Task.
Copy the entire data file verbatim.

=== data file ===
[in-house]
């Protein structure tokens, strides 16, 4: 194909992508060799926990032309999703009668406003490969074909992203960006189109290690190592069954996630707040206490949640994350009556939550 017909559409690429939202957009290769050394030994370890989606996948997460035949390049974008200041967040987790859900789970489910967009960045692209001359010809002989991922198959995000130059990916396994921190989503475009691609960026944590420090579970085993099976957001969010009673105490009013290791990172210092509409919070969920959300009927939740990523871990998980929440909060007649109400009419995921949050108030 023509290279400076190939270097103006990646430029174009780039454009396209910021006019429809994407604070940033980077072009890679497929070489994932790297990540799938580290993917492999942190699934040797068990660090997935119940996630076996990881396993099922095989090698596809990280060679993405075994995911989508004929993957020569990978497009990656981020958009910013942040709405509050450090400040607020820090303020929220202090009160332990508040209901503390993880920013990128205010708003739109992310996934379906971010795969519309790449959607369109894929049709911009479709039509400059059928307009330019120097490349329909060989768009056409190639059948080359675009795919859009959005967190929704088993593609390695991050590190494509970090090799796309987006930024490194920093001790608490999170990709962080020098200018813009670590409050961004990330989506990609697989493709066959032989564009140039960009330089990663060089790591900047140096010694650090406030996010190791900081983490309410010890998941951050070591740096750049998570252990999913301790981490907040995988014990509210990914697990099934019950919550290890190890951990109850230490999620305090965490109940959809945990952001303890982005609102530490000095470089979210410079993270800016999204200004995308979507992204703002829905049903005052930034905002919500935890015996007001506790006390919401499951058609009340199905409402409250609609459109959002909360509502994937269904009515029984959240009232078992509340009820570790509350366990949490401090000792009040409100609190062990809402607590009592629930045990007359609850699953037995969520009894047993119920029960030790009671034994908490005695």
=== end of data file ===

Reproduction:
[in-house]
């Protein structure tokens, strides 16, 4: 194909992508060799926990032309999703009668406003490969074909992203960006189109290690190592069954996630707040206490949640994350009556939550 017909559409690429939202957009290769050394030994370890989606996948997460035949390049974008200041967040987790859900789970489910967009960045692209001359010809002989991922198959995000130059990916396994921190989503475009691609960026944590420090579970085993099976957001969010009673105490009013290791990172210092509409919070969920959300009927939740990523871990998980929440909060007649109400009419995921949050108030 023509290279400076190939270097103006990646430029174009780039454009396209910021006019429809994407604070940033980077072009890679497929070489994932790297990540799938580290993917492999942190699934040797068990660090997935119940996630076996990881396993099922095989090698596809990280060679993405075994995911989508004929993957020569990978497009990656981020958009910013942040709405509050450090400040607020820090303020929220202090009160332990508040209901503390993880920013990128205010708003739109992310996934379906971010795969519309790449959607369109894929049709911009479709039509400059059928307009330019120097490349329909060989768009056409190639059948080359675009795919859009959005967190929704088993593609390695991050590190494509970090090799796309987006930024490194920093001790608490999170990709962080020098200018813009670590409050961004990330989506990609697989493709066959032989564009140039960009330089990663060089790591900047140096010694650090406030996010190791900081983490309410010890998941951050070591740096750049998570252990999913301790981490907040995988014990509210990914697990099934019950919550290890190890951990109850230490999620305090965490109940959809945990952001303890982005609102530490000095470089979210410079993270800016999204200004995308979507992204703002829905049903005052930034905002919500935890015996007001506790006390919401499951058609009340199905409402409250609609459109959002909360509502994937269904009515029984959240009232078992509340009820570790509350366990949490401090000792009040409100609190062990809402607590009592629930045990007359609850699953037995969520009894047993119920029960030790009671034994908490005695």